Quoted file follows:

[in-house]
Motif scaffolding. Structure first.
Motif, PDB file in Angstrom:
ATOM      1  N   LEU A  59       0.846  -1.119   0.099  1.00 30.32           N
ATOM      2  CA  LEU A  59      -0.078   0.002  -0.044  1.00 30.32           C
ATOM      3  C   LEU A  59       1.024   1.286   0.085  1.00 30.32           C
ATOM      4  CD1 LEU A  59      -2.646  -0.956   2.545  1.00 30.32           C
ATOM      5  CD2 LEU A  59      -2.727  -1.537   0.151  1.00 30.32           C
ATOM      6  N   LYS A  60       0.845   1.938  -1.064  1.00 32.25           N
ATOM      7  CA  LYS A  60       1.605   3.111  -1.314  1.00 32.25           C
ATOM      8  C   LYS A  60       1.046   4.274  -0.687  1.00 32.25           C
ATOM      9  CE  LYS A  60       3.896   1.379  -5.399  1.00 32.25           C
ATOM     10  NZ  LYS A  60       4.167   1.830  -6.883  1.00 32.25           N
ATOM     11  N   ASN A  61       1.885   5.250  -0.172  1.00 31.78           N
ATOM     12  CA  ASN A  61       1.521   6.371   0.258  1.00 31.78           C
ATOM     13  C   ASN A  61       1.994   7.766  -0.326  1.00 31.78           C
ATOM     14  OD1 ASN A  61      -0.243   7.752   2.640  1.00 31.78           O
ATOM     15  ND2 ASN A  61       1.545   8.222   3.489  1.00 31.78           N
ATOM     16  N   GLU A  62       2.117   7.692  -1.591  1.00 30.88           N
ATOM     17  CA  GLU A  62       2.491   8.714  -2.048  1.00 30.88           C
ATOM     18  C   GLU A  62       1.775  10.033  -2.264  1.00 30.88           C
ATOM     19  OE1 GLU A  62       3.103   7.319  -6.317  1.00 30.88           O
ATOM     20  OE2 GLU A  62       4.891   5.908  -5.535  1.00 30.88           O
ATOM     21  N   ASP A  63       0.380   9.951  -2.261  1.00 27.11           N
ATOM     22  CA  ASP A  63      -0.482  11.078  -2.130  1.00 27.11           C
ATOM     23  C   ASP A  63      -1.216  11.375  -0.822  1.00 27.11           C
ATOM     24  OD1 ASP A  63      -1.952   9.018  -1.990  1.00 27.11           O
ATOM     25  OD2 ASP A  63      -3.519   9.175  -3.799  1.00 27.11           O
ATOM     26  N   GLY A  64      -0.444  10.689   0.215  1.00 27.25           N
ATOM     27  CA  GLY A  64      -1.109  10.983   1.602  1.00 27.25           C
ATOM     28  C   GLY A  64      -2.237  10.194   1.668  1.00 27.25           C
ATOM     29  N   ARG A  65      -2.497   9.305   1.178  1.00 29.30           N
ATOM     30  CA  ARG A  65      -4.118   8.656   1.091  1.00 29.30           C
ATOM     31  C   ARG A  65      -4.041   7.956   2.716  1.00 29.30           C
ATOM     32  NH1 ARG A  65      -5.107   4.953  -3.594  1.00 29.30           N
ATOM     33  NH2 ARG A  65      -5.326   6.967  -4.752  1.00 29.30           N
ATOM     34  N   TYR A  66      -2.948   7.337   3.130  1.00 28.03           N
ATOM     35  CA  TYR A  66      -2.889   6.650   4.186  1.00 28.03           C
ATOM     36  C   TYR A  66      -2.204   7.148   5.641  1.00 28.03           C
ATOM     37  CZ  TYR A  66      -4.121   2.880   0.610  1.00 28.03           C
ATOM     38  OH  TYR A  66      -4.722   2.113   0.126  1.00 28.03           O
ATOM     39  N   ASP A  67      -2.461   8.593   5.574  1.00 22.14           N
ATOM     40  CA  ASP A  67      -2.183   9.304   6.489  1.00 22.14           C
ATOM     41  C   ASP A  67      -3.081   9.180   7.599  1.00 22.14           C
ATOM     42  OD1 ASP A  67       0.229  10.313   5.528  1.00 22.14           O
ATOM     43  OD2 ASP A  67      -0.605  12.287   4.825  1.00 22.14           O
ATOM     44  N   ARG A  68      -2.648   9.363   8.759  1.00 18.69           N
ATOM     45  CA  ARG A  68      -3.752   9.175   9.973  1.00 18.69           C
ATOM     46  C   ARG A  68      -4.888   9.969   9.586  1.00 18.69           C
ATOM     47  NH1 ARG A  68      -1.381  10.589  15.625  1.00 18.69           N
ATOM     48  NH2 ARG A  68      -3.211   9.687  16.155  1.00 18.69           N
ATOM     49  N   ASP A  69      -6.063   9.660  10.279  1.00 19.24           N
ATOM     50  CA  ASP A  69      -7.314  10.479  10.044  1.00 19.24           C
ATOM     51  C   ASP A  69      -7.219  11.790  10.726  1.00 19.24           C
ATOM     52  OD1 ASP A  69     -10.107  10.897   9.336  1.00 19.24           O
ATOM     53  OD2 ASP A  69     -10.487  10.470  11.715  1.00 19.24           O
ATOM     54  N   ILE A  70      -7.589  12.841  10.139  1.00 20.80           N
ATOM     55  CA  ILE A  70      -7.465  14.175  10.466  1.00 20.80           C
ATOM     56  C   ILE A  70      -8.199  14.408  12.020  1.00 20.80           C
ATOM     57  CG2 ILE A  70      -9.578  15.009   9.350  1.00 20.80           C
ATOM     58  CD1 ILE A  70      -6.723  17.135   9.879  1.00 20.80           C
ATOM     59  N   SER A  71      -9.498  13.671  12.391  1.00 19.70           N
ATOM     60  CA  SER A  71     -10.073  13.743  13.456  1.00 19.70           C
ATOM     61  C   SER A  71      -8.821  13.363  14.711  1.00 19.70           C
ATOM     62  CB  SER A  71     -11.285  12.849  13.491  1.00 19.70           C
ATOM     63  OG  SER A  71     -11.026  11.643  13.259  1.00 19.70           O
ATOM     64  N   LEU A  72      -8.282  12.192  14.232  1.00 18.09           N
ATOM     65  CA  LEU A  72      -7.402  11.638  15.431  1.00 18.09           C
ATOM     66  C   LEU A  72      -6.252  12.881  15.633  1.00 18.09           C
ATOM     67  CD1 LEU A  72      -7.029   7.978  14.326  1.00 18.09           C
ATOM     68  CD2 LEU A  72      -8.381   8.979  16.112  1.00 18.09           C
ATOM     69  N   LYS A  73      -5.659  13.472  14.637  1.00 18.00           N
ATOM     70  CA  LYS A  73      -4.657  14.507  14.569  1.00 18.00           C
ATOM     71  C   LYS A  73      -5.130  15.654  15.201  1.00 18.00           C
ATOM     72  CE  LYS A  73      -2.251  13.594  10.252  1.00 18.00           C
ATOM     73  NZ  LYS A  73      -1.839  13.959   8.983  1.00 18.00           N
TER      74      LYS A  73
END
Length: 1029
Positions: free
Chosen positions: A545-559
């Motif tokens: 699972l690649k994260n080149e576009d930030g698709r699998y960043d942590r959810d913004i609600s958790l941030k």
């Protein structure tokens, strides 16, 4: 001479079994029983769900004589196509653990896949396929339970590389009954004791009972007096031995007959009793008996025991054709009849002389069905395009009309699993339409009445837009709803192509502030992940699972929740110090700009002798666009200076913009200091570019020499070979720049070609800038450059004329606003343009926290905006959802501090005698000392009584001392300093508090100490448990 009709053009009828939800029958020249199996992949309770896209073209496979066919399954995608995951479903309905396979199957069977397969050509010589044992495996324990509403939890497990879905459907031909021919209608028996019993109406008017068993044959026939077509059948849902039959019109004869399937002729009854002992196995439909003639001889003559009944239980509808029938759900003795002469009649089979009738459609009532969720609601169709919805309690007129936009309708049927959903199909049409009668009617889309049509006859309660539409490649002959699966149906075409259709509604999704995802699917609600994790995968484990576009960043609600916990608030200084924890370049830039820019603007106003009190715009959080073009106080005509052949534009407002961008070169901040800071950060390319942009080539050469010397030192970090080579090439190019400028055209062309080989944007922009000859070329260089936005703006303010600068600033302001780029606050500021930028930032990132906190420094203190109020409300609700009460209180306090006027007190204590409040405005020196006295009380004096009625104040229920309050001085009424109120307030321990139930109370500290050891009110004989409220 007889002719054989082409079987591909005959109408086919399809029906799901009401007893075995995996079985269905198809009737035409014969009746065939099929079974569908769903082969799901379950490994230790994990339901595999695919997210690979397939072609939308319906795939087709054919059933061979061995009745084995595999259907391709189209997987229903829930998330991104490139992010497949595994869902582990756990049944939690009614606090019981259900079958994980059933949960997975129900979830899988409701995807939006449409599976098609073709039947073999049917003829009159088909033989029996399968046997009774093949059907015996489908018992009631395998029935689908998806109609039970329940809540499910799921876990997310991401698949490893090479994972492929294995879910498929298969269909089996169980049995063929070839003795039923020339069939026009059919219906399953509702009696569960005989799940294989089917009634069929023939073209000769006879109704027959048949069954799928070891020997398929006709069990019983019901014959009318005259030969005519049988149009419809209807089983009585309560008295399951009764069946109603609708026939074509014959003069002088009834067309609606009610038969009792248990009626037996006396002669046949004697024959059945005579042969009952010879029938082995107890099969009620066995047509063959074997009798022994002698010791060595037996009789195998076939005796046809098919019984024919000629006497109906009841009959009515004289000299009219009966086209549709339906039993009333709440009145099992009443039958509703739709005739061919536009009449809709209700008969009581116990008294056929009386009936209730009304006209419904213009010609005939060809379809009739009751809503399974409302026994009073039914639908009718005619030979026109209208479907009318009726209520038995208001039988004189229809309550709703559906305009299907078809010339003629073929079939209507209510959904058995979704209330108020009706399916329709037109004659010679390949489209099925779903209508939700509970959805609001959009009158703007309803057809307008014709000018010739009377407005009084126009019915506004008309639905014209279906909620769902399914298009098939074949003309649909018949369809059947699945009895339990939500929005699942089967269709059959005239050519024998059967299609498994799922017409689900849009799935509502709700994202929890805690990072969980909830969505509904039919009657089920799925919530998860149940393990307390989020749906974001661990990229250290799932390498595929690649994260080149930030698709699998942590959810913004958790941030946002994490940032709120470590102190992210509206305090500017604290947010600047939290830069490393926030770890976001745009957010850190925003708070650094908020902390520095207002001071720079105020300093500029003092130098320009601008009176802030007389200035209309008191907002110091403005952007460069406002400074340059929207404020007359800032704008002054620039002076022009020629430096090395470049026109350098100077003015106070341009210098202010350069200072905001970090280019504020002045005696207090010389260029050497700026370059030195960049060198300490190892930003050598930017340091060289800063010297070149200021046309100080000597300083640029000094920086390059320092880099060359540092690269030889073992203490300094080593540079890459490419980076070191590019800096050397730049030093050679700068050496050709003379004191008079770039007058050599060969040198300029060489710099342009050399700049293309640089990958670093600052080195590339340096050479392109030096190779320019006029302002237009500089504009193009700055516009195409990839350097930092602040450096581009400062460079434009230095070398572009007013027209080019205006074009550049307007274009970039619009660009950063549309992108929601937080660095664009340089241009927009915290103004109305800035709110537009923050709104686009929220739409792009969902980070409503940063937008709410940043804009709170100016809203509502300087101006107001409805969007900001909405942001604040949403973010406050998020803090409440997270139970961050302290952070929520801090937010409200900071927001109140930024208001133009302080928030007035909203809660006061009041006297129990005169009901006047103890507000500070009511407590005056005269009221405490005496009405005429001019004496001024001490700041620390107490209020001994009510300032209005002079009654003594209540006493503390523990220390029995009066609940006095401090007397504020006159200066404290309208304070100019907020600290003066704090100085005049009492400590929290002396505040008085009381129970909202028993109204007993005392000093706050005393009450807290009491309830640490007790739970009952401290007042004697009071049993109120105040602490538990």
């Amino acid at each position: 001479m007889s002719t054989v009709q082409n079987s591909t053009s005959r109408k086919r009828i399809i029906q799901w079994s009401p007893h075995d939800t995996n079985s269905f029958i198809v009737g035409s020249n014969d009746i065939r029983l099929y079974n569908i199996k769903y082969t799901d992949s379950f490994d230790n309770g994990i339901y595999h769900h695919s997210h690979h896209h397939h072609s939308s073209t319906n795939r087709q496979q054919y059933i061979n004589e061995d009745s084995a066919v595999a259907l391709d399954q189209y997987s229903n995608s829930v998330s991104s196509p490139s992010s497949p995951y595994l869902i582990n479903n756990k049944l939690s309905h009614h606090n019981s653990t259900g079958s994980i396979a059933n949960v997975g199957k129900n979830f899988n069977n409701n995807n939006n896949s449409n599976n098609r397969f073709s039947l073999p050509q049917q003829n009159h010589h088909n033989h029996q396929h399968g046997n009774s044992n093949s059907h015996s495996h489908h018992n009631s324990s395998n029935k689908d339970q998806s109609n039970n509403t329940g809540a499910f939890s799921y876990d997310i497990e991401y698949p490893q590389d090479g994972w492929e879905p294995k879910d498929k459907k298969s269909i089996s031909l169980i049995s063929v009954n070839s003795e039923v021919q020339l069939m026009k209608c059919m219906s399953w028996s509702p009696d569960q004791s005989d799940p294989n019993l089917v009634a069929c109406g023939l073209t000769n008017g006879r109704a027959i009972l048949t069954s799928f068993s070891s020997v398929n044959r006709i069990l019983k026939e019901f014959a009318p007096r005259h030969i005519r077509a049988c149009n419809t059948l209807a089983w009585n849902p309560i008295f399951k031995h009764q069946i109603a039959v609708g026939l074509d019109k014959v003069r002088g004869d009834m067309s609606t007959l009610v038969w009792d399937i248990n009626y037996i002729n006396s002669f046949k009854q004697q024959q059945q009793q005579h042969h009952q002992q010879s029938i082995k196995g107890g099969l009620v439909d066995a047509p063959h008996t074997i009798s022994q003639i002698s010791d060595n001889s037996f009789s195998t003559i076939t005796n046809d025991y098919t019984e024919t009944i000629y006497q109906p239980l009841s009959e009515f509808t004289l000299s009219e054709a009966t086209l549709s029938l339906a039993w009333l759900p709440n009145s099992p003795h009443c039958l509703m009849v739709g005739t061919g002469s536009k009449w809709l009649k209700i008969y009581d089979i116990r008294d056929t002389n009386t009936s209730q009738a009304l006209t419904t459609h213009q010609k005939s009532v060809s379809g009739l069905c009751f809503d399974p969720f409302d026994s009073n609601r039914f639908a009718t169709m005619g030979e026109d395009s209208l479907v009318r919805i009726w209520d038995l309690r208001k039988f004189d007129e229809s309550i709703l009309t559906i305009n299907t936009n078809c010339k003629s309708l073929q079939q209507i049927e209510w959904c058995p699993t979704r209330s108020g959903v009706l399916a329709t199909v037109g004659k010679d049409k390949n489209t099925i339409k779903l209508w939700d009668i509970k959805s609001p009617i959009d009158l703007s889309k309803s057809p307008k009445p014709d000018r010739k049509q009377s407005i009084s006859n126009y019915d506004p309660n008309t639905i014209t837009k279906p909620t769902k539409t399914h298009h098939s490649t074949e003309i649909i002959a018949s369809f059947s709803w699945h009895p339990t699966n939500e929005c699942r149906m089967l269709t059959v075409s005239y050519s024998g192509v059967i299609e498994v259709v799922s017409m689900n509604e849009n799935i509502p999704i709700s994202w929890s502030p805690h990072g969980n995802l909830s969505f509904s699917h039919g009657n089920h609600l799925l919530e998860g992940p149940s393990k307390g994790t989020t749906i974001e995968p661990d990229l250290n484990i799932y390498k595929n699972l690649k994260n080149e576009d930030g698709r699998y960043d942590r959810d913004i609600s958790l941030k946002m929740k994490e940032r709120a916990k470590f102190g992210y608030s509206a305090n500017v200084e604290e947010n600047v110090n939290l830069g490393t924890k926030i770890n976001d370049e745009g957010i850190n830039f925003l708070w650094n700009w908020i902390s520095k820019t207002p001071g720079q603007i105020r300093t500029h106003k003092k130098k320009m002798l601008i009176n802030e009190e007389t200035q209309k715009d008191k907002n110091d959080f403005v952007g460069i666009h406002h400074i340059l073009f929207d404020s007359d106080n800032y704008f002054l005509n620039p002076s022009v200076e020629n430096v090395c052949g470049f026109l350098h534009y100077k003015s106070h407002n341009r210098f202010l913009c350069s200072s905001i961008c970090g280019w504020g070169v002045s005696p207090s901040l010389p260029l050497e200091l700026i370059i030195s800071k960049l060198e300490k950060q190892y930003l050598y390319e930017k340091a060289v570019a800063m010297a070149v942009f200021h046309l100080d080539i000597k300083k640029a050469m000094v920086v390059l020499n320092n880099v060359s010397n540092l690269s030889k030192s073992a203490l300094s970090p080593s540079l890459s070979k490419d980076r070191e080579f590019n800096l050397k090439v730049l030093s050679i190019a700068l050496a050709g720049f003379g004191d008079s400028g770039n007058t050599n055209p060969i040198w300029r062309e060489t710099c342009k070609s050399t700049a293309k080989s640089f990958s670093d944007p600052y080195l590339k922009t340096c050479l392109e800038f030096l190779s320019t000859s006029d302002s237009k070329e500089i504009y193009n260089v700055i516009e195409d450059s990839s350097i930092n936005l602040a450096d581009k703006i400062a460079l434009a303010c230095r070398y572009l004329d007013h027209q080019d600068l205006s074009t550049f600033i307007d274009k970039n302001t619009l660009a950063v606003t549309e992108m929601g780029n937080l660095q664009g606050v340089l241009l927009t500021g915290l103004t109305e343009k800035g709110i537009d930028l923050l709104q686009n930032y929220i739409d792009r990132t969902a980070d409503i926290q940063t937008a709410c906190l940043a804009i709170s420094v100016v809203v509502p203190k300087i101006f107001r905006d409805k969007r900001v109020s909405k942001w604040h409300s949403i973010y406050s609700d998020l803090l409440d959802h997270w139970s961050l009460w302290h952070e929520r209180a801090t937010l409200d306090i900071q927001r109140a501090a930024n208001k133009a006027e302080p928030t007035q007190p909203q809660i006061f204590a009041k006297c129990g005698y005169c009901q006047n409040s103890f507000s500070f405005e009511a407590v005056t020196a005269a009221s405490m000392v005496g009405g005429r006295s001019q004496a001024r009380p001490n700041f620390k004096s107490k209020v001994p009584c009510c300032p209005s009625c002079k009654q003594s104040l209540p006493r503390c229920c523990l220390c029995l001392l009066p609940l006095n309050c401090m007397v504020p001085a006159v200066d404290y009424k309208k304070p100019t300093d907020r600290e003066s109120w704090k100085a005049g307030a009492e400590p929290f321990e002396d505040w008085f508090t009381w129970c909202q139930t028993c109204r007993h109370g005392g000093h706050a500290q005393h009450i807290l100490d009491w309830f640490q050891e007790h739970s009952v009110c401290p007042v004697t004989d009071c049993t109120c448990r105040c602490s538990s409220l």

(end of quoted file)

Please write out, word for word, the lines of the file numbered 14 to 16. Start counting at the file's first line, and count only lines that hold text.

ATOM     11  N   ASN A  61       1.885   5.250  -0.172  1.00 31.78           N
ATOM     12  CA  ASN A  61       1.521   6.371   0.258  1.00 31.78           C
ATOM     13  C   ASN A  61       1.994   7.766  -0.326  1.00 31.78           C